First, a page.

The worst result, after buying shares in a company (assuming no leverage), would be if you lose all the money you put in. But on a lighter note, a good company can see its share price rise well over 100%. For instance, the price of Intercontinental Exchange, Inc. (NYSE:ICE) stock is up an impressive 137% over the last five years. In the last week shares have slid back 2.9%.
To quote Buffett, 'Ships will sail around the world but the Flat Earth Society will flourish. There will continue to be wide discrepancies between price and value in the marketplace...' One flawed but reasonable way to assess how sentiment around a company has changed is to compare the earnings per share (EPS) with the share price.
Over half a decade, Intercontinental Exchange managed to grow its earnings per share at 30% a year. The EPS growth is more impressive than the yearly share price gain of 19% over the same period. So it seems the market isn't so enthusiastic about the stock these days.
The graphic below depicts how EPS has changed over time (unveil the exact values by clicking on the image).
Dive deeper into Intercontinental Exchange's key metrics by checking this interactive graph of Intercontinental Exchange's earnings, revenue and cash flow.
What About Dividends?
As well as measuring the share price return, investors should also consider the total shareholder return (TSR). The TSR is a return calculation that accounts for the value of cash dividends (assuming that any dividend received was reinvested) and the calculated value of any discounted capital raisings and spin-offs. It's fair to say that the TSR gives a more complete picture for stocks that pay a dividend. As it happens, Intercontinental Exchange's TSR for the last 5 years was 152%, which exceeds the share price return mentioned earlier. The dividends paid by the company have thusly boosted the total shareholder return.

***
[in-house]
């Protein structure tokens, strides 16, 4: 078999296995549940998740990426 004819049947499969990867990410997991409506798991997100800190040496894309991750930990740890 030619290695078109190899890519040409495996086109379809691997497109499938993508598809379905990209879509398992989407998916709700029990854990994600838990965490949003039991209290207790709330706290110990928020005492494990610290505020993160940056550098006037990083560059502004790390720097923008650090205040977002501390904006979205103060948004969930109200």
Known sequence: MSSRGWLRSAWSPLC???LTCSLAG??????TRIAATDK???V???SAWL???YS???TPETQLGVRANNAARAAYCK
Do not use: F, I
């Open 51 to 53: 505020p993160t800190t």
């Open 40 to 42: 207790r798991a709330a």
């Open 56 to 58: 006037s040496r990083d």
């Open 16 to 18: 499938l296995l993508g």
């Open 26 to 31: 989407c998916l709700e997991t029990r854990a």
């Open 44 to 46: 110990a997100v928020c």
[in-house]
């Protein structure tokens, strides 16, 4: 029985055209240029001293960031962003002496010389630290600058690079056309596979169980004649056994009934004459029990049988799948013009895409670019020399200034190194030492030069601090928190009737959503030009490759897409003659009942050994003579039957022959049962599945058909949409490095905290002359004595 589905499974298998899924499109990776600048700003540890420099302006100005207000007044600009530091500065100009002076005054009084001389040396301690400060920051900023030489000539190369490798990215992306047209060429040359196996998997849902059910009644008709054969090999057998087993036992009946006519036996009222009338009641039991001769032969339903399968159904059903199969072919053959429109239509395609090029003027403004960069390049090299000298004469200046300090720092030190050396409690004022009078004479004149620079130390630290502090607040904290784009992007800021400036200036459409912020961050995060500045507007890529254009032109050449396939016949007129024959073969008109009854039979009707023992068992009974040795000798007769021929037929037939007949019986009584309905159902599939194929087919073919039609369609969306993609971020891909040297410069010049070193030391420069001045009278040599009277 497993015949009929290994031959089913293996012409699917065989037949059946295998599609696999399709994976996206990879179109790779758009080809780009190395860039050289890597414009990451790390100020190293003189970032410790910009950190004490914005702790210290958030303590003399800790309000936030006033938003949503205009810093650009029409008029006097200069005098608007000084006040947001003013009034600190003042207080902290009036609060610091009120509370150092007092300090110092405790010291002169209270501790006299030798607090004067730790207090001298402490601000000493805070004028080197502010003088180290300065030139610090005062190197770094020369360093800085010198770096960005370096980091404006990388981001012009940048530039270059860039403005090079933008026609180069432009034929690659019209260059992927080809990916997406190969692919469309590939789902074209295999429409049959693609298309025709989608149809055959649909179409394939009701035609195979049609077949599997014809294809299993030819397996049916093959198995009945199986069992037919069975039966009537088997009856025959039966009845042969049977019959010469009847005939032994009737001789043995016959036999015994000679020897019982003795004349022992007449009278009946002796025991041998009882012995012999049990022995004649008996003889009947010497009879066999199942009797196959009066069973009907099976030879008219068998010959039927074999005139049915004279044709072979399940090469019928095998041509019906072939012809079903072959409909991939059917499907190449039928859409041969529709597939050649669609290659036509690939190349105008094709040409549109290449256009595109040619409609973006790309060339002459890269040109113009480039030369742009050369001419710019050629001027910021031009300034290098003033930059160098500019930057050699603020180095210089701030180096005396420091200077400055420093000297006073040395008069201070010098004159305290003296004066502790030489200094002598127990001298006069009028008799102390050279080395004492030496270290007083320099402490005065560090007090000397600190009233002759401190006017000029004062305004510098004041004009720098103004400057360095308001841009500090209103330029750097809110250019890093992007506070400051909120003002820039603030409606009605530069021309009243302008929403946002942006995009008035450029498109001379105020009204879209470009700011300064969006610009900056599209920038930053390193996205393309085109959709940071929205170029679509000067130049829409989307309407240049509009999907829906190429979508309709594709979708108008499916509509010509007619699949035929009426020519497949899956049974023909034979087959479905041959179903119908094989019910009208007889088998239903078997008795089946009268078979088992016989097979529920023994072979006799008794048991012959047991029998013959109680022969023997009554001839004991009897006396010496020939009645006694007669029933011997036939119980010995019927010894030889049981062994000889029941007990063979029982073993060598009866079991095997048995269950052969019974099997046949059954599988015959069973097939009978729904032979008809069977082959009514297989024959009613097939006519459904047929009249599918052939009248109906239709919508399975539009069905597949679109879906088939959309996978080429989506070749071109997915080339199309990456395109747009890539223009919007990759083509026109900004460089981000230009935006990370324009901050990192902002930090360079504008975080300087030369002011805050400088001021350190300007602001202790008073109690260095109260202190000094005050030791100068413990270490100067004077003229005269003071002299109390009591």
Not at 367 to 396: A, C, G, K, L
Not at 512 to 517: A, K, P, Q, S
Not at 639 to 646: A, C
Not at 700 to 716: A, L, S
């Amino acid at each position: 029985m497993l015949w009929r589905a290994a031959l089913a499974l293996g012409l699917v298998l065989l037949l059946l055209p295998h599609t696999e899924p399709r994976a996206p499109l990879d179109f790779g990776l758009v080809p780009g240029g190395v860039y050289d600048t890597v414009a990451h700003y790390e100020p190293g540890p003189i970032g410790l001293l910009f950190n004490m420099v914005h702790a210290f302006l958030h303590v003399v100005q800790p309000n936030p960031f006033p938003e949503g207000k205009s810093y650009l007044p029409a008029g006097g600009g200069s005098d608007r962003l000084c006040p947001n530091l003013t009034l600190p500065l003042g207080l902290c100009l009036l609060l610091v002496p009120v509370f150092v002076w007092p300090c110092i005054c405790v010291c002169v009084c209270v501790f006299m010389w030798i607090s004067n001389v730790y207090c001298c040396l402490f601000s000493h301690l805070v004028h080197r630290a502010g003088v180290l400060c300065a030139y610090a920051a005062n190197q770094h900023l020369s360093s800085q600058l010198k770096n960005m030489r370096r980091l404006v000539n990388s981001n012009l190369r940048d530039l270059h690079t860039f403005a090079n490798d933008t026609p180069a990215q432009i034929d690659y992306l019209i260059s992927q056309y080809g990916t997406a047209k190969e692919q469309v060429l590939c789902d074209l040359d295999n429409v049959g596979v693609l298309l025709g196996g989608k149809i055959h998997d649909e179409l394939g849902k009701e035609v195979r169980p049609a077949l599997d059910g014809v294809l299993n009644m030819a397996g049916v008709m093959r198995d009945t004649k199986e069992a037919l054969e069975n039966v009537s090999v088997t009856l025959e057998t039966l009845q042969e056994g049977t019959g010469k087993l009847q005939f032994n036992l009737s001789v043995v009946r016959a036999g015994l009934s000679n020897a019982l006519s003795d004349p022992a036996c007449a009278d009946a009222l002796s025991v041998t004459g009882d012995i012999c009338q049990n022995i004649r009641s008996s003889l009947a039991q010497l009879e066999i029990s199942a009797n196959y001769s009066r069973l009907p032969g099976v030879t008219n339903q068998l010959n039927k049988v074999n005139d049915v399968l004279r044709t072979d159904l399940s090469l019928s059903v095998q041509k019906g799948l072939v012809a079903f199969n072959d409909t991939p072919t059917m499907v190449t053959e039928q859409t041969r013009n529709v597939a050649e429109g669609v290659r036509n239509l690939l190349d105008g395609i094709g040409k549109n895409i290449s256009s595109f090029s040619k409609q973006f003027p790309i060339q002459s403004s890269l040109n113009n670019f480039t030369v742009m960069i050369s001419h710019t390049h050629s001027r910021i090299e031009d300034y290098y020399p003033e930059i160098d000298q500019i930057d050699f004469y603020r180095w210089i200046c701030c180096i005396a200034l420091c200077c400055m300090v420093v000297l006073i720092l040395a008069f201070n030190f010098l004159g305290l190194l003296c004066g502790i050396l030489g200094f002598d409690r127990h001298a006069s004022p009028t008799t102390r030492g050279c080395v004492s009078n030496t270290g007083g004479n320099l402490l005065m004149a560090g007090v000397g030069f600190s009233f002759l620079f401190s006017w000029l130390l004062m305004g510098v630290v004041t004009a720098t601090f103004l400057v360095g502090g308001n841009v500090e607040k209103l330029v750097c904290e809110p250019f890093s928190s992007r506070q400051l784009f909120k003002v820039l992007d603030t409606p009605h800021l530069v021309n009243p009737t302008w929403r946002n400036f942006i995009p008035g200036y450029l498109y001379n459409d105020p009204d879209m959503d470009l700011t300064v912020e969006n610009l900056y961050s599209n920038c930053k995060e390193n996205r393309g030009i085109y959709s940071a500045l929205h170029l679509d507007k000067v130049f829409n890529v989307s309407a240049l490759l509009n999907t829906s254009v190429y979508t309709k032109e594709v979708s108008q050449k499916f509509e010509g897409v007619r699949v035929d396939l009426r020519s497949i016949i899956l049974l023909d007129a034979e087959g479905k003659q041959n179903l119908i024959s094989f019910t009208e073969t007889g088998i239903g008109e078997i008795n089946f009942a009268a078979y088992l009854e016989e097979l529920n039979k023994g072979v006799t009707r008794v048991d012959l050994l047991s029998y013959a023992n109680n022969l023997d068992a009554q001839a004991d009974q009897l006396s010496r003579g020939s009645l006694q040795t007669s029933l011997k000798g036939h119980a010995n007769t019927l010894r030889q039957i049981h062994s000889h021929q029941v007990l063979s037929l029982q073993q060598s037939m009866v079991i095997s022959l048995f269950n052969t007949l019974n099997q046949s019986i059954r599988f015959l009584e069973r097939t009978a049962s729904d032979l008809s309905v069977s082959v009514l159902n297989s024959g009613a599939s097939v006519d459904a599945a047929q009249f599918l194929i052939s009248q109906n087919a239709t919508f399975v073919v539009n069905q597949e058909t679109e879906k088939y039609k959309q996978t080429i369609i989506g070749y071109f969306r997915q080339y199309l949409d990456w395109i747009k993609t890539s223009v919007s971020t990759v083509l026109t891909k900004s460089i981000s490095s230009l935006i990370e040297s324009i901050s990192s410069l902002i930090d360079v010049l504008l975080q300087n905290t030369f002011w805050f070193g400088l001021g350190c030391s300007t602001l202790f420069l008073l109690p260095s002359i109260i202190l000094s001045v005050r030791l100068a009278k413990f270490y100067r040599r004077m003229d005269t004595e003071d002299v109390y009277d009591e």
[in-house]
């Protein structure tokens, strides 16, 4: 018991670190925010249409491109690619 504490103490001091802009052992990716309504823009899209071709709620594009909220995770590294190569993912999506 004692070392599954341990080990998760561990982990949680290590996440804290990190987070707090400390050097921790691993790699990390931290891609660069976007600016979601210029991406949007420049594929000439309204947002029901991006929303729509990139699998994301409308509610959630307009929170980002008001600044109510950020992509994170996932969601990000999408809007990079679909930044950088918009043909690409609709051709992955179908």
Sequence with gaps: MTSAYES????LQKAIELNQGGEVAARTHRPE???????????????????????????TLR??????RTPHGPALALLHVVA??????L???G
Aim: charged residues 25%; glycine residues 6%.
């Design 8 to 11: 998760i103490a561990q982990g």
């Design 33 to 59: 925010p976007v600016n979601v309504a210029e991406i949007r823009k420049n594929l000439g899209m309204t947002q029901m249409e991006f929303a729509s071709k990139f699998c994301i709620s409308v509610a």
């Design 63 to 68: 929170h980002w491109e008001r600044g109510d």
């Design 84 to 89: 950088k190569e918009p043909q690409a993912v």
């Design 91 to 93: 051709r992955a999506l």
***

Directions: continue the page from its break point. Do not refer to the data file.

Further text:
A Different Perspective
We're pleased to report that Intercontinental Exchange shareholders have received a total shareholder return of 23% over one year. And that does include the dividend. That's better than the annualised return of 20% over half a decade, implying that the company is doing better recently. Given the share price momentum remains strong, it might be worth taking a closer look at the stock, lest you miss an opportunity. If you would like to research Intercontinental Exchange in more detail then you might want to take a look at whether insiders have been buying or selling shares in the company.
For those who like to find winning investments this free list of growing companies with recent insider purchasing, could be just the ticket.
Please note, the market returns quoted in this article reflect the market weighted average returns of stocks that currently trade on US exchanges.
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If you spot an error that warrants correction, please contact the editor at email@example.com. This article by Simply Wall St is general in nature. It does not constitute a recommendation to buy or sell any stock, and does not take account of your objectives, or your financial situation. Simply Wall St has no position in the stocks mentioned. Thank you for reading.